If Only

Sometimes when I am down and feeling miserable, I wish that my life would be different. We all do, don’t we? How often have I not thought; imagine if only I had been one of the big stars in the photography world. How would my life not have been then?! If only…

Some time ago, I proposed a photo story for a weekend edition of a major newspaper. It was a story about the drug scene in my hometown, which had changed after a park where drug addicts and dealers had been gathering, was closed down. To my dismay, the proposal was turned down. I had been sure I would get the assignment.

When the idea was rejected, I felt as if my creativity had been belittled and discredited. I started to think what if the former editor who knew me had not just been replaced with a younger yuppie? If only I was a renowned photograph, surely he wouldn’t have turned me down, replaced or not?

Craving for success and acceptance for our creativity is a very human reaction. Nothing wrong with that, necessarily. However, the trap is falling in under us when we don’t see the difference between our creative abilities and the world’s reaction to it. When we don’t get the acceptance we crave, that is when we start to think if only… True creative people, though, don’t use “if only” as an excuse.

Creativity has always been about making the most of what you have. Sometimes creativity thrives when you are having fun, and other times it flourishes when you have your back against the wall. The latter was the case with a young man named Johannes who lived in medieval times.

Johannes was ambitious but short of funding. He got help to make what he called “holy mirrors” for religious pilgrims to buy. When the mirror was held up to a relic, it supposedly captured and reflected the glory of God. However, Johannes business idea flawed, among other factors because a severe flood delayed the pilgrimage until the following year. Johannes didn’t give up after this failure. Living in a wine producing region he was acquainted with the process. Suddenly he saw a different use for the traditional wine press. With a few modifications, he transformed the press from making juice to printing words. In so doing, Johannes Gutenberg had invented the printing press that changed the course of the word. The press was first used to print the bible and thus Gutenberg was able to provide people with a way to experience the glory of God, even if his “holy mirrors” had failed miserably at first.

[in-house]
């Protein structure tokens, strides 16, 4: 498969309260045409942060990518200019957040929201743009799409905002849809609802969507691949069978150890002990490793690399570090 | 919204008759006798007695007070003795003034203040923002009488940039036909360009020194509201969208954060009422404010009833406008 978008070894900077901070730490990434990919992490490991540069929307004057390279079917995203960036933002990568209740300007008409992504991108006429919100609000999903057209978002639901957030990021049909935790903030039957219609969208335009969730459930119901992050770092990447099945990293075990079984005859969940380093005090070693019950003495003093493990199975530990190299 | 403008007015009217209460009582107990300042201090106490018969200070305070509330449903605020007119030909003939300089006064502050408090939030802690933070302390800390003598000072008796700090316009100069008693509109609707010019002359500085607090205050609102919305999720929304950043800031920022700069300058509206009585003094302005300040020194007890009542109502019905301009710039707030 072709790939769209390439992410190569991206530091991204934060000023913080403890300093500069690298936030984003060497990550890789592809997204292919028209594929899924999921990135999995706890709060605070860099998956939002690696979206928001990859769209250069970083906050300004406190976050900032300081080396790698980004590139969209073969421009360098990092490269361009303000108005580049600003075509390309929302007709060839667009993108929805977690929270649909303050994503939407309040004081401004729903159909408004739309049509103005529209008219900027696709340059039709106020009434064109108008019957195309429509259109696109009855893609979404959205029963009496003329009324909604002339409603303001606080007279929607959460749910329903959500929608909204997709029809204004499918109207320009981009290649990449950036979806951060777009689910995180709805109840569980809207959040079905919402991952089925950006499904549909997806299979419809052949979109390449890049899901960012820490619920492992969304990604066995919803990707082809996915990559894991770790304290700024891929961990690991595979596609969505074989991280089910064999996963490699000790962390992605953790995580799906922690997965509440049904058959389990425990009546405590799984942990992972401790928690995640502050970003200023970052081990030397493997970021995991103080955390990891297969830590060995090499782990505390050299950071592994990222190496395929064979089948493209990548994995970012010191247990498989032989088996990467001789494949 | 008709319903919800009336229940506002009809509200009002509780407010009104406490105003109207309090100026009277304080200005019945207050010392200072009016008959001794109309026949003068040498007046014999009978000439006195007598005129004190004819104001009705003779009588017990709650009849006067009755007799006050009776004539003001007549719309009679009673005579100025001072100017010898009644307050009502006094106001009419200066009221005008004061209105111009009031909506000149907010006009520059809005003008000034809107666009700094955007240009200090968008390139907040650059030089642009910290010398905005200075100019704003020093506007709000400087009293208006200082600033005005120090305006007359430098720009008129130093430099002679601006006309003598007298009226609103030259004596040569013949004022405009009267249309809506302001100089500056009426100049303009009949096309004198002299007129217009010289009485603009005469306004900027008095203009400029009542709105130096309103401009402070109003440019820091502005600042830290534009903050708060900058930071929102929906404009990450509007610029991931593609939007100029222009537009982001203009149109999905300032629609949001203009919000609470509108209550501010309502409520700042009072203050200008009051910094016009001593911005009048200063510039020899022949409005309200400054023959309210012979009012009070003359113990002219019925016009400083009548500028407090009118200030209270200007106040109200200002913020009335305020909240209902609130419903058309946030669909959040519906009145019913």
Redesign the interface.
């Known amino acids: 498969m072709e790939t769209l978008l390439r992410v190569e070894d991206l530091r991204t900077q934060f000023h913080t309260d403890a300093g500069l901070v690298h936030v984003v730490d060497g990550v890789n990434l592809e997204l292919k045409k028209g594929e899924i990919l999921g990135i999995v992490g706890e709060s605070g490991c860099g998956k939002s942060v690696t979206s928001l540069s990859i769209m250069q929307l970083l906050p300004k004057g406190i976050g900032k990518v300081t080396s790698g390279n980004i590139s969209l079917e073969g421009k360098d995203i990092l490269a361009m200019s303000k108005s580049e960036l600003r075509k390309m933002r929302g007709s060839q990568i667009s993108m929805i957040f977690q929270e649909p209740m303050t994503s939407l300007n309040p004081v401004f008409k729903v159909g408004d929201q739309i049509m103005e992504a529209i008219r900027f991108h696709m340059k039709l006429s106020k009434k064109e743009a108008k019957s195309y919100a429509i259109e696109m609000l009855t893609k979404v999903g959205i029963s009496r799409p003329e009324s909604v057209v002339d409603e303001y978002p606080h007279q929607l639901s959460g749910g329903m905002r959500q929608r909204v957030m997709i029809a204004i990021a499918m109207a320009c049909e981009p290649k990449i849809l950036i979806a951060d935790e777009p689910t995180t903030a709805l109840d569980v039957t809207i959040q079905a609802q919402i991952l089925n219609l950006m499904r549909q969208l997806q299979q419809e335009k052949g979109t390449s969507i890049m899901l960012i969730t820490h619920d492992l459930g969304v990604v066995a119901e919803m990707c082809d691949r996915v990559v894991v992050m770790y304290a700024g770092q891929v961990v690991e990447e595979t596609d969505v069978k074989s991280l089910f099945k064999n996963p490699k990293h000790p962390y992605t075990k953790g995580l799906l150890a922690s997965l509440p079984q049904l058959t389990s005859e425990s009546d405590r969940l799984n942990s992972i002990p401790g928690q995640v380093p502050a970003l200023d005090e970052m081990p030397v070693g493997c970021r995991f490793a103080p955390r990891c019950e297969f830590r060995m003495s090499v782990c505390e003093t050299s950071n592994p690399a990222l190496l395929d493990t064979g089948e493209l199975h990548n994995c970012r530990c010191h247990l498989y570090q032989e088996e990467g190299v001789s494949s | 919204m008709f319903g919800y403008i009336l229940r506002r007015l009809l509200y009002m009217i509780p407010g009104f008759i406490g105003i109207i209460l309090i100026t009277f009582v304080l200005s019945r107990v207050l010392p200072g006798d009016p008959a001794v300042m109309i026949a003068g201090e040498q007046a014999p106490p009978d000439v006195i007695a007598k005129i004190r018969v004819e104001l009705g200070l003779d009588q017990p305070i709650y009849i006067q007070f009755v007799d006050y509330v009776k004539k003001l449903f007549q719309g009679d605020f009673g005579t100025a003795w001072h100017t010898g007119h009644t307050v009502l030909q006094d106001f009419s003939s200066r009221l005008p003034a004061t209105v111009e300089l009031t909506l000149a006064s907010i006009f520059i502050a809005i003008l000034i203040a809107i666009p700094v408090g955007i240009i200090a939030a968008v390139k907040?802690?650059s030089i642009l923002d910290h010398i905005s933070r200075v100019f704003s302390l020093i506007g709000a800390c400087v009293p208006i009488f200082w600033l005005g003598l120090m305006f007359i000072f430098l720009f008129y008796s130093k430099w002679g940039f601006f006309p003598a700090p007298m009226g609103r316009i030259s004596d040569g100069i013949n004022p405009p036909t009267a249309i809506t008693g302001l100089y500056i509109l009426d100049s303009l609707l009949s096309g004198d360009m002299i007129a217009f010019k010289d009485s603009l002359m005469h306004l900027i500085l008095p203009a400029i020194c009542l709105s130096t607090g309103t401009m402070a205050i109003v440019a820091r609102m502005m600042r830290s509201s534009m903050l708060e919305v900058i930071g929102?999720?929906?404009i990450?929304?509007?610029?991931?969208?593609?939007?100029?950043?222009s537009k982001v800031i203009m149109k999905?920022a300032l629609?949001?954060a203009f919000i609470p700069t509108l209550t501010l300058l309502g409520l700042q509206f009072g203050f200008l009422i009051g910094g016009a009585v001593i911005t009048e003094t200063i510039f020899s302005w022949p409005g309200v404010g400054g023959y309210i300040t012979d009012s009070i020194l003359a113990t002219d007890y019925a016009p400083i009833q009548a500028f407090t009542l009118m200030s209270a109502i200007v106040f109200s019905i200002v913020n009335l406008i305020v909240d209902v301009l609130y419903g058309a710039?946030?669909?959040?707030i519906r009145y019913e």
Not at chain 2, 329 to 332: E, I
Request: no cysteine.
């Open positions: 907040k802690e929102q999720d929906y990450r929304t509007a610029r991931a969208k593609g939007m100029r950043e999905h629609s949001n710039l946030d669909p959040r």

Creativity is never about wishing things would be better or different or disasters wouldn’t happen to you. Creatives don’t use “if only” as an excuse. “If only” focuses on what might have been. Creatives focus on making the most of the raw materials that they have and under the circumstances that surrounds them. Taking these materials and combining them into something new is where creativity becomes art.

We should never forget that the creative path itself—creating—is what makes photography, or any creative endeavour you may embark on, such a fulfilling undertaking. Too often, we forget this simple truth as our desires for mastery, for recognition or even monetary gain possesses us.

Yes, we all dream of getting worldwide recognition, to become the next Richard Avedon, W. Eugene Smith or Ansel Adams. However, do not let this desire get in the way of your photography. Enjoy the process, move down the creative path with open senses and an open mind, breath, live, be one with your art, and do not get caught up with desires that may well turn you away from the path. And don’t use “if only” as an excuse.

I reworked my story proposal of the drug scene, sent it to a different magazine where it finally got accepted. These days a new issue of the magazine is out, with my story spread over 14 pages.

Facts about the photo: The photo was taken a Panasonic Lumix LX-100 with the lens set at 10.9 mm (the equivalent of a 24 mm for a full format canera). Shutter speed: 1/60 s. Aperture: f/1.7. The photo was processed in Lightroom and Photoshop.

Do you need some ideas to improve your photography and not having to spend a lot of money on new equipment? My eBook 10 Great Tips to Get the Most Out of Your Point-and-Shoot Camera might be what you are looking for. It’s an inexpensive eBook full of inspiration, and it’s available on my website http://www.munchow.no.

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About Otto von Münchow

Photographer based in Norway
This entry was posted in Challenging Yourself, Creativity, Photography and tagged , . Bookmark the permalink.

74 Responses to If Only

  1. Otto, we are a self-indulgent species. Your commentary reminds me that those of us who have discovered their passion are the lucky ones. Wherever we are on the creativity continuum is a good place, because there is always more to explore, to grow, and to evolve within that creative endeavor.

  2. Sandra says:

    Sixty and still writing. I may not be successful, but my hobby brings me joy, and satisfaction when folks enjoy my stories. Great blog!

  3. Perfect!